clock menu more-arrow no yes mobile

Filed under:

The Last Days of Bruce Lee

An exclusive excerpt from ‘Bruce Lee: A Life,’ the new biography of the late martial arts icon

Getty Images/Ringer illustration

The morning of July 20, 1973, Bruce typed a letter to his American attorney, Adrian Marshall, about several big deals on the table including the multi-picture offer from Warner Bros. and a proposal from Hanna-Barbera to create an animated series based on his life. There were also offers for books, clothing, and endorsements. Bruce Lee was building an empire.

After finishing his letter and posting it, Bruce left his mansion in Kowloon Tong and drove to Golden Harvest’s studios. He met with George Lazenby, the Australian James Bond, to further discuss his participation in Game of Death. As the only native English speaker at the studio, Andre Morgan joined them. Since Bruce had already shot much of the ending of the film, the goal was to come up with ways to work Lazenby into the story. “We sat around shooting the shit,” Morgan recalls.

Simon & Schuster

After the meeting, Bruce swung by Raymond Chow’s office to say that he wanted Lazenby in Game of Death. Chow suggested they all go out to dinner to formalize the deal. Bruce returned to Morgan’s office. He pulled out his bag of hash and offered some to Andre. They both had a nibble. Bruce and Andre were supposed to take George out to lunch, but Bruce had other plans and canceled. He wanted to visit Betty Ting Pei’s apartment for a “nooner.” The studio’s driver took Lazenby back to his hotel. Bruce promised to be back at the studio in the afternoon to settle how much money they were going to offer Lazenby.

Bruce jumped into his Mercedes and drove away. He arrived at Betty Ting Pei’s second-floor apartment at 67 Beacon Hill Road around 1 p.m. It was a one-bedroom with parquet flooring, wooden walls, and thick blue curtains. They spent the next several hours alone together. “I was his girlfriend,” Betty says. There was some sex and some hash, but no alcohol or harder drugs. Mostly Bruce was hyped about his meeting with George Lazenby and what it meant for his movie. He offered Betty the role of the love interest. Betty claims she resisted the idea, because she didn’t feel comfortable playing his girlfriend on-screen while being his mistress in real life. “I never wanted to make the movie,” she says. “I would feel kind of embarrassed to face someone I love.”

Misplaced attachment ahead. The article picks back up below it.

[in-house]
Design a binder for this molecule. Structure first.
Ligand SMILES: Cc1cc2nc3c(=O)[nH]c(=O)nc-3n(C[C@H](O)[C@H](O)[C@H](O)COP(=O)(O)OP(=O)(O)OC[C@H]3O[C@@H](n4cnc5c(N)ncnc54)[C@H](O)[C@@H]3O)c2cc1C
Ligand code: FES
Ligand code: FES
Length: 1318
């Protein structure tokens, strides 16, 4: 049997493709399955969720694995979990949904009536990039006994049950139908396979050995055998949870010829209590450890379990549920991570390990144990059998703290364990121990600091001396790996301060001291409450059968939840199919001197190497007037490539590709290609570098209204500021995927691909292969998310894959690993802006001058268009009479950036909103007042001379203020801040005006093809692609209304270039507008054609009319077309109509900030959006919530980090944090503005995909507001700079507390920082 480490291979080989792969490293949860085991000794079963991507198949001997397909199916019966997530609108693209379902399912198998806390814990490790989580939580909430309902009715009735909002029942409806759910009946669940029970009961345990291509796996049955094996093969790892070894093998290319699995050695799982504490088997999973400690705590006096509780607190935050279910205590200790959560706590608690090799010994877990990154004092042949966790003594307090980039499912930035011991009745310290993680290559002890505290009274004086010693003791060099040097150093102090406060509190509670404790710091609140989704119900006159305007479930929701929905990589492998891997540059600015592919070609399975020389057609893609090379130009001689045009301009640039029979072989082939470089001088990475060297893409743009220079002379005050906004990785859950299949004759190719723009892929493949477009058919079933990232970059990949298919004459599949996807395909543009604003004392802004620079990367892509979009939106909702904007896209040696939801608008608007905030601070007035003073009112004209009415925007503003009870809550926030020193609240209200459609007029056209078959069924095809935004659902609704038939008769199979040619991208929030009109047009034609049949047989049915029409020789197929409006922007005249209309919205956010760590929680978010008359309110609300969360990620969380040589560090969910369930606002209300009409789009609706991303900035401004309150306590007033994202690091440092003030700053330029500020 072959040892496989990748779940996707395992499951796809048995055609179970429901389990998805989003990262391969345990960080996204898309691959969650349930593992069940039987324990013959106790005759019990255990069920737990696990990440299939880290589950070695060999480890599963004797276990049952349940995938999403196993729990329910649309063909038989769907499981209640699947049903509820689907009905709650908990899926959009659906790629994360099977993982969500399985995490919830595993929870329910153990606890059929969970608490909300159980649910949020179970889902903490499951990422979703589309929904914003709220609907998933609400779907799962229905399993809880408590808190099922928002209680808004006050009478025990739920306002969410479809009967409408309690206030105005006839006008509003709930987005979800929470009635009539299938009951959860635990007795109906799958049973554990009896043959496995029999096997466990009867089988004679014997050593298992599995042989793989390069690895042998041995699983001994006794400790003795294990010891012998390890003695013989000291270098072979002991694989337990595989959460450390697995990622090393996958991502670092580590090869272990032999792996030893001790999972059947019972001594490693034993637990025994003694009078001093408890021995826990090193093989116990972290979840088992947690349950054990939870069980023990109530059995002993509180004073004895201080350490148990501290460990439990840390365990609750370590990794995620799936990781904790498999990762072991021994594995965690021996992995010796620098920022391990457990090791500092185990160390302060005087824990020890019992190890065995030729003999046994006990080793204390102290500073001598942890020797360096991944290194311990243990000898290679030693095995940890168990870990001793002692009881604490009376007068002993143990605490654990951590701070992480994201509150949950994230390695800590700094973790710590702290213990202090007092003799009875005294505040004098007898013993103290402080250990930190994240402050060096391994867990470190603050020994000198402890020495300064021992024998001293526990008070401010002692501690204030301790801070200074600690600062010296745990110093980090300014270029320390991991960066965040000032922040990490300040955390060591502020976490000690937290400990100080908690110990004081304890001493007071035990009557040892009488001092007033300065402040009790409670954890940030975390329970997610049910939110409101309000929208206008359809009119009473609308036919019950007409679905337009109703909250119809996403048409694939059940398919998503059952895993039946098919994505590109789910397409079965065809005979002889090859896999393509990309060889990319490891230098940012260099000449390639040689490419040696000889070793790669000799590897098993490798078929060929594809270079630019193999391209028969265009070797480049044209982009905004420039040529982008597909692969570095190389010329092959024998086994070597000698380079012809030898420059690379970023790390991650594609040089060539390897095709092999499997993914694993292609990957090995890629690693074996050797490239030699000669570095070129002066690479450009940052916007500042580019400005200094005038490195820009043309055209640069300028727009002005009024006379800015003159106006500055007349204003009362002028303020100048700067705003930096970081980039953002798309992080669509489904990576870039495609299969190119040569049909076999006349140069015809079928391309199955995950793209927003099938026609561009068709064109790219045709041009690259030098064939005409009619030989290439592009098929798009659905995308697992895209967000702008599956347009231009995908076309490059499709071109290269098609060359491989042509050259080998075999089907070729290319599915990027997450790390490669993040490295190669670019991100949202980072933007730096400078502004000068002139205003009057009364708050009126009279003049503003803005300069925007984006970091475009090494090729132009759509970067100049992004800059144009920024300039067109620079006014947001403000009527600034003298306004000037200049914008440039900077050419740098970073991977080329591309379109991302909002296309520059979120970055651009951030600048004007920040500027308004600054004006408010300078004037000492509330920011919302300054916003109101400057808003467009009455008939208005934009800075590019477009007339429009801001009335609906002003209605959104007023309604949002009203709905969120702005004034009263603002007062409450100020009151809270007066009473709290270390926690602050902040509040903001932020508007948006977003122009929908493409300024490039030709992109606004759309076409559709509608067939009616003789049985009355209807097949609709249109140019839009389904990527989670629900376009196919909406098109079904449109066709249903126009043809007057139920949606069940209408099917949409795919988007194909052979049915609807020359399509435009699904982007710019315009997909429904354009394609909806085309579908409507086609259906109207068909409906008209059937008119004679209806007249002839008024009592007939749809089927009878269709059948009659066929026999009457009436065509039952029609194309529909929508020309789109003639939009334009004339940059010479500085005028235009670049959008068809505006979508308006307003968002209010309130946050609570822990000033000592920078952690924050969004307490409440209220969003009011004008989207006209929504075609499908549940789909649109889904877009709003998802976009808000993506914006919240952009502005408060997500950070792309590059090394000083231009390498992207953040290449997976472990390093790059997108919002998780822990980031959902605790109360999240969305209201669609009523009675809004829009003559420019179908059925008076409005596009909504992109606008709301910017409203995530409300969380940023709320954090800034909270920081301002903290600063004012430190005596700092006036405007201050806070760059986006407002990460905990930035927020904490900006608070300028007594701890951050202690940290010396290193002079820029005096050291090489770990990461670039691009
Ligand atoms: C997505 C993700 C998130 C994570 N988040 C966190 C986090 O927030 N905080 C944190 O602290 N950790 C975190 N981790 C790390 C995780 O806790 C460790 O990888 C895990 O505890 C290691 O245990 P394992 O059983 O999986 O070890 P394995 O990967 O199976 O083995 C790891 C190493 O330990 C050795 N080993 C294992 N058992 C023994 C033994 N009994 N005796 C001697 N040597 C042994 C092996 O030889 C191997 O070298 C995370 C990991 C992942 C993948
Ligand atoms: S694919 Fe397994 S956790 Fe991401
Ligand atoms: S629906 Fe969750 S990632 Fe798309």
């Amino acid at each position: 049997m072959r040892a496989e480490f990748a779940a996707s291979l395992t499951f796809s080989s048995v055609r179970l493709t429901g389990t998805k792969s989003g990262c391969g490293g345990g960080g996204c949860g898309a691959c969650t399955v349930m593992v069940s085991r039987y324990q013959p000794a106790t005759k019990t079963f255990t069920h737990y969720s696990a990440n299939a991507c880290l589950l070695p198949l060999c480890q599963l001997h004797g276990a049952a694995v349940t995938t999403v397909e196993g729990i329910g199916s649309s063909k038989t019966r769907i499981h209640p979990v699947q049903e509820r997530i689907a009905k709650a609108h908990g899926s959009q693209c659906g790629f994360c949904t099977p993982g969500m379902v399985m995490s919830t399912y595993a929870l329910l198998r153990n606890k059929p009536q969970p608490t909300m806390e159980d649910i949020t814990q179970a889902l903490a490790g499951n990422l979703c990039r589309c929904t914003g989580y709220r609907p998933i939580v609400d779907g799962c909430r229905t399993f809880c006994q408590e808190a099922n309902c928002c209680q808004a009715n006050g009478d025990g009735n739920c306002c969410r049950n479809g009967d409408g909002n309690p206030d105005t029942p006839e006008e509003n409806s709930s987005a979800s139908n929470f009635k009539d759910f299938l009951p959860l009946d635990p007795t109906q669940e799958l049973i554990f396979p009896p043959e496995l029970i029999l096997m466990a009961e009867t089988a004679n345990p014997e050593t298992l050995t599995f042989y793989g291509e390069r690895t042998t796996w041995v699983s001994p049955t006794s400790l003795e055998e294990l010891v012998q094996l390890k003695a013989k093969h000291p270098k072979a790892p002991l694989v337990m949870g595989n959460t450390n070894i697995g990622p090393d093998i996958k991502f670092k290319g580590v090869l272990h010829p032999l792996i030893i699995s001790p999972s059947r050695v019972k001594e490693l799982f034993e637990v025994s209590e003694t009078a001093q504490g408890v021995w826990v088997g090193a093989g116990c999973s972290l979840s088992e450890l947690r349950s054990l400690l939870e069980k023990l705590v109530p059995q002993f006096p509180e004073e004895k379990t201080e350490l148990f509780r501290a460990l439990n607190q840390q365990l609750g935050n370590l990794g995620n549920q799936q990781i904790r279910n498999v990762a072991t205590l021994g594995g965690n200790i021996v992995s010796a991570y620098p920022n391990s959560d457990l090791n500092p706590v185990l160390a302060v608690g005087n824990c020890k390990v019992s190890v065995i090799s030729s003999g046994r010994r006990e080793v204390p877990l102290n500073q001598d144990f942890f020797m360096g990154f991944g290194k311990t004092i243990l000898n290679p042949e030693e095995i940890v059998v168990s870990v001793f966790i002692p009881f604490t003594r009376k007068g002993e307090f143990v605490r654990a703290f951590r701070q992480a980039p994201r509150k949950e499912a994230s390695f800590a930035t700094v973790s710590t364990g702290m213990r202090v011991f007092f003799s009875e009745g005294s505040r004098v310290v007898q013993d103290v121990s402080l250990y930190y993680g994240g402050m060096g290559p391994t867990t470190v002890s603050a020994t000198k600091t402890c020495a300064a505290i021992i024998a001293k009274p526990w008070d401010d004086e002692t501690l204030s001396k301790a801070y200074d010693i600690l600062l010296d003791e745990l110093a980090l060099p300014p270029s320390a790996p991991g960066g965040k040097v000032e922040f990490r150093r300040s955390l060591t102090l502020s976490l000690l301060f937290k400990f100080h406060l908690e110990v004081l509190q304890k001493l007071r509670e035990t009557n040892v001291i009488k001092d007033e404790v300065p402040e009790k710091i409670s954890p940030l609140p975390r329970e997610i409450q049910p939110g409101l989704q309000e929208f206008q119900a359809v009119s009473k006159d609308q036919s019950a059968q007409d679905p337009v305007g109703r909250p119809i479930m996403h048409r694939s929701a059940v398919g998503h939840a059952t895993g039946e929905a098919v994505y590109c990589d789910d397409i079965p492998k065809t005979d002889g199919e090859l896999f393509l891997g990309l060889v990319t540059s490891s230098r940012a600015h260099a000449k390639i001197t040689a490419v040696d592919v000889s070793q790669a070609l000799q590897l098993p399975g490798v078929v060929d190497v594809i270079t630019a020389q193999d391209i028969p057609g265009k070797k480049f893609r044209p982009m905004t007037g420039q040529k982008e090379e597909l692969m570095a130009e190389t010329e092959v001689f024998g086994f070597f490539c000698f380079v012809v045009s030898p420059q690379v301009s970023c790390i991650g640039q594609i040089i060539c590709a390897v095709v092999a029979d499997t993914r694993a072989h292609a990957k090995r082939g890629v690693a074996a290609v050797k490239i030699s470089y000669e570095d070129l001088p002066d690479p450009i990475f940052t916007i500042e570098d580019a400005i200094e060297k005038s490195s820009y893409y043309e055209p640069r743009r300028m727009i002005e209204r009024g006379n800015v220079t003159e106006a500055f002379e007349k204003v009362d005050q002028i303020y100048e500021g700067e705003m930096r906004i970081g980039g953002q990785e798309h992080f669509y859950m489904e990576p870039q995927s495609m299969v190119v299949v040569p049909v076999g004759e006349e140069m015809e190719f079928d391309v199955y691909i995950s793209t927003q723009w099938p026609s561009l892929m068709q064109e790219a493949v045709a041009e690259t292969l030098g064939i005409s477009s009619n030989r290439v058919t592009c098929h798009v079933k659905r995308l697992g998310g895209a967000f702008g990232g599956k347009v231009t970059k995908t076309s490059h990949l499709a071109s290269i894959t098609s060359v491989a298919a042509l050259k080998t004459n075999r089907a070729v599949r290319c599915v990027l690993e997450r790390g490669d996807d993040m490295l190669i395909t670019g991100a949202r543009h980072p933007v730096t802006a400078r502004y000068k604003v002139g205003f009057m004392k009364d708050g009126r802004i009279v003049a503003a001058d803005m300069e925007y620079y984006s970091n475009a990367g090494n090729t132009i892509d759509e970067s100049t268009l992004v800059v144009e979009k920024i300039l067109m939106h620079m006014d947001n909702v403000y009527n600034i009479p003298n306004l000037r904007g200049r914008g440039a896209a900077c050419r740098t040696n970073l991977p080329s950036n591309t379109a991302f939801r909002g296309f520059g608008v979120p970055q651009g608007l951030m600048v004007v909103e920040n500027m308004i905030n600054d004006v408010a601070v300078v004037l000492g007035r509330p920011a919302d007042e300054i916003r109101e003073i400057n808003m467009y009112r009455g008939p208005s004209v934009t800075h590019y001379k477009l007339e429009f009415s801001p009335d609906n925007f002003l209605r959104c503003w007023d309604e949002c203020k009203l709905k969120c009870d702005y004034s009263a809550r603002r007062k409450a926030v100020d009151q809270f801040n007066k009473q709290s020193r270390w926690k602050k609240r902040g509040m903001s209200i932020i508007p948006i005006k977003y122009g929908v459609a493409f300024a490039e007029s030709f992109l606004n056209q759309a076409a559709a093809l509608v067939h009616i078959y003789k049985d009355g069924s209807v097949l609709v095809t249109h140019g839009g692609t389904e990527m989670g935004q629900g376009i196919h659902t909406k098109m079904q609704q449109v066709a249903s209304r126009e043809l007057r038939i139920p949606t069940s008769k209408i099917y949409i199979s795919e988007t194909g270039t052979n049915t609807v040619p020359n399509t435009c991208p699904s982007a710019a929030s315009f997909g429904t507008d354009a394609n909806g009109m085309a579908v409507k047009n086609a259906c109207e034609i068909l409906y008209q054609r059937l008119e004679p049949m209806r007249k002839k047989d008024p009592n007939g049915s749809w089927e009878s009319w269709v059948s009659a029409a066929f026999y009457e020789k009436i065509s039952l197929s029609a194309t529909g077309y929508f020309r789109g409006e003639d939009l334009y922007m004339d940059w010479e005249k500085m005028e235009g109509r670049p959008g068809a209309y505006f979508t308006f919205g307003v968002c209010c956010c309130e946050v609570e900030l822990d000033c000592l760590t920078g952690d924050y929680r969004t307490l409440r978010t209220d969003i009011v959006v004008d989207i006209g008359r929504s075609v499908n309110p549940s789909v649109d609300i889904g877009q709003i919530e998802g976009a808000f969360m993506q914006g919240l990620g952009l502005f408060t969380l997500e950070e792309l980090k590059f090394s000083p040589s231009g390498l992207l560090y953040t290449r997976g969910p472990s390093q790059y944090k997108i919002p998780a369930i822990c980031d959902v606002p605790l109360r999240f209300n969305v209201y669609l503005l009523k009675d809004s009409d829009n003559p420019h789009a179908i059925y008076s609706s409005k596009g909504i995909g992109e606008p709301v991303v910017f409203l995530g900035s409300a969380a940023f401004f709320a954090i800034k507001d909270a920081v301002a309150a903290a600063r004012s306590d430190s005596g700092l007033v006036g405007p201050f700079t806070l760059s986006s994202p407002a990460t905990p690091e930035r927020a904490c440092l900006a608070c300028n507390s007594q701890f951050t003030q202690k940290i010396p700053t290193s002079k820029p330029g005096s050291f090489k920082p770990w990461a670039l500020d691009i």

Raymond Chow arrived at Betty’s apartment around 6 p.m. It is not entirely clear why. Chow and Morgan had been waiting all afternoon for Bruce to return to Golden Harvest to work out the deal offer for Lazenby. Perhaps Raymond called Bruce to inquire when he would come back and Bruce told Raymond to meet him at Betty’s place. If Betty was reticent about accepting a role in the film, perhaps Bruce wanted Raymond to help him convince her. Or maybe he just needed a chaperone to drive them to dinner to avoid public suspicion.

It was a scorching day — the temperature at 90°F and the humidity at 84 percent — the hottest day of the month. “Bruce wasn’t feeling very well,” Chow recalls. “I wasn’t feeling very well either. I think we had some water, and then he was acting.” In Bruce’s bubbling enthusiasm over Game of Death, he jumped up and performed scene after scene. “He was always very active,” Raymond says. “In telling the story, he acted out the whole thing. So, that probably made him a little tired and thirsty. After a few sips he seemed to be a little dizzy.”